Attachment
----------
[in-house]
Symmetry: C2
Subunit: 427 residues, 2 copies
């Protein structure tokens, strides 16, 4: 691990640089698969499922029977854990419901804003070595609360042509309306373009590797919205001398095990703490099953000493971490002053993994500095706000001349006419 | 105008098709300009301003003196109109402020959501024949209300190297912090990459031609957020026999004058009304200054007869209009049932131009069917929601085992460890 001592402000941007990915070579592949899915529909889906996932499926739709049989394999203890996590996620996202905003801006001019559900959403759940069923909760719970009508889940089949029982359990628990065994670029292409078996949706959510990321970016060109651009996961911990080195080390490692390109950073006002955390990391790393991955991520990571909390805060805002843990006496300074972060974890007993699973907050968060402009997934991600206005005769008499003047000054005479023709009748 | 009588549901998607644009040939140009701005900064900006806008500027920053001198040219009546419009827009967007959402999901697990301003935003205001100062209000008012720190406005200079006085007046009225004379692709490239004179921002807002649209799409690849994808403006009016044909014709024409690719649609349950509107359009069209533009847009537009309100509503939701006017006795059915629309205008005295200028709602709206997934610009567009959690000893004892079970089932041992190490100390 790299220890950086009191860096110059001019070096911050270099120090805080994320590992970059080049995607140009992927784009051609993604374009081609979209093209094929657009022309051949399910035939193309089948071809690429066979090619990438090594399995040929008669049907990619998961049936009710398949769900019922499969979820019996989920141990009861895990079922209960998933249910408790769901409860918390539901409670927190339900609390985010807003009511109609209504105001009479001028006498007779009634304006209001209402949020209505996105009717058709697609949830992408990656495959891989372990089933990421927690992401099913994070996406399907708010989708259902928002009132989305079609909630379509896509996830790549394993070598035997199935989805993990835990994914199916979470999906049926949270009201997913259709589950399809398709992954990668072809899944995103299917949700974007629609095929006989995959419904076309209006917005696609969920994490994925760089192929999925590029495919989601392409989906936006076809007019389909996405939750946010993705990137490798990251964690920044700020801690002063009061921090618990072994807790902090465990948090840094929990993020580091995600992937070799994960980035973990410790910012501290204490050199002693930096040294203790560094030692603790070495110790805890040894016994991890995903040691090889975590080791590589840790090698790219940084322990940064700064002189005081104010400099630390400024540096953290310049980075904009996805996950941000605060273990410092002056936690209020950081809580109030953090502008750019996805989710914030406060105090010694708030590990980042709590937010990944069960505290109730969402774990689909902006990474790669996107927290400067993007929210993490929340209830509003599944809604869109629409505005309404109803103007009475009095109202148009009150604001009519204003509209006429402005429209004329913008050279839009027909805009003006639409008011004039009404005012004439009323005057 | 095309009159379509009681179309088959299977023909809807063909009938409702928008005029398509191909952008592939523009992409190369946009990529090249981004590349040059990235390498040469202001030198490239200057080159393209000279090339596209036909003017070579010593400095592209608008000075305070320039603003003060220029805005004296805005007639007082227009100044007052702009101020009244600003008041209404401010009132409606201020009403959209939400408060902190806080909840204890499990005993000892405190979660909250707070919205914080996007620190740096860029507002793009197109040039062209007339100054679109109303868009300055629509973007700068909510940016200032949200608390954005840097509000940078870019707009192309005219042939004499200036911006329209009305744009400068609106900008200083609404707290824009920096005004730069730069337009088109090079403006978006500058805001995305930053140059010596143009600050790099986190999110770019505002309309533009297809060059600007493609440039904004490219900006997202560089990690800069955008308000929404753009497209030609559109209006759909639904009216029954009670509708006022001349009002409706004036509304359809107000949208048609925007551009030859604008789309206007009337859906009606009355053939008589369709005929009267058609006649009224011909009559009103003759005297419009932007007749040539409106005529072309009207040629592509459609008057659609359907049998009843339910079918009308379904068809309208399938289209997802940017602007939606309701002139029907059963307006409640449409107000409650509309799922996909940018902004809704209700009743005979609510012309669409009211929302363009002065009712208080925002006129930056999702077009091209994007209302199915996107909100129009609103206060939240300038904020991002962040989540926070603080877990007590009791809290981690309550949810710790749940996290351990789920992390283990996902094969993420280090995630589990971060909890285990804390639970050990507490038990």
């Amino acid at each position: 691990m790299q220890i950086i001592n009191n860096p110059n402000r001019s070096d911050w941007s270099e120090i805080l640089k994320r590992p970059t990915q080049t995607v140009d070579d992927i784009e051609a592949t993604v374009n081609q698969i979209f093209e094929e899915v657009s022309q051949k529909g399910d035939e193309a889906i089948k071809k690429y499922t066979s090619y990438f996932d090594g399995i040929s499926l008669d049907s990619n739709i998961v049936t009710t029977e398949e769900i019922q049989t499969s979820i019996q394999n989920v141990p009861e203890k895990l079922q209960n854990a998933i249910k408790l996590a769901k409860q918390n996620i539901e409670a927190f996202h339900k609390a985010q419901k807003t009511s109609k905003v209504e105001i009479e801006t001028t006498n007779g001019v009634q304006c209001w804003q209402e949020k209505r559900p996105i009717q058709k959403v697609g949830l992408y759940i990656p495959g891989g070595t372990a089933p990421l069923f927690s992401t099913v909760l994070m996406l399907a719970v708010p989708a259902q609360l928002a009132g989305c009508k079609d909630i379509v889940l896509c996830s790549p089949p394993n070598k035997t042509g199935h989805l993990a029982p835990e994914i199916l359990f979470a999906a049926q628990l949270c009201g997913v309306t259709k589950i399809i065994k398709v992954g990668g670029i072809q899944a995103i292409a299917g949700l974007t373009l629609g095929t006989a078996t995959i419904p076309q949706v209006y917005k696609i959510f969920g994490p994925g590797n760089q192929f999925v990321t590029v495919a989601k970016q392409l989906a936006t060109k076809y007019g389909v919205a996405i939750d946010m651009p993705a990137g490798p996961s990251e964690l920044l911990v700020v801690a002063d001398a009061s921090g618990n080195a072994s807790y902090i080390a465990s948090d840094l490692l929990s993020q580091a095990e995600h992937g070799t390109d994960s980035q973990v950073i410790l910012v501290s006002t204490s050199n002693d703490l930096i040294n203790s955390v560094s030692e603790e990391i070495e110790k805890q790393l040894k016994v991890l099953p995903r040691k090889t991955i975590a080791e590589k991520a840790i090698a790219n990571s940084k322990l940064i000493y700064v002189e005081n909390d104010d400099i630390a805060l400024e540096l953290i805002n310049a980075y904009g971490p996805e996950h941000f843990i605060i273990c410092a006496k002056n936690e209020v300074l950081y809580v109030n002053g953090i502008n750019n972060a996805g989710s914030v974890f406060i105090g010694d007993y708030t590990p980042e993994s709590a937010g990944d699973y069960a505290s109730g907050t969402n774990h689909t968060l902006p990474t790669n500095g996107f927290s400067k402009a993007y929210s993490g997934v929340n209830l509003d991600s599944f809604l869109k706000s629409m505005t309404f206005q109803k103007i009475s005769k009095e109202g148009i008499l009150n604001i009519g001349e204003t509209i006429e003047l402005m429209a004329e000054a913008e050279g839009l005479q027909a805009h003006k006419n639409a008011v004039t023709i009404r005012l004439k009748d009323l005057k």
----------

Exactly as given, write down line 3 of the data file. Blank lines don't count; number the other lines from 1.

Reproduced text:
Subunit: 427 residues, 2 copies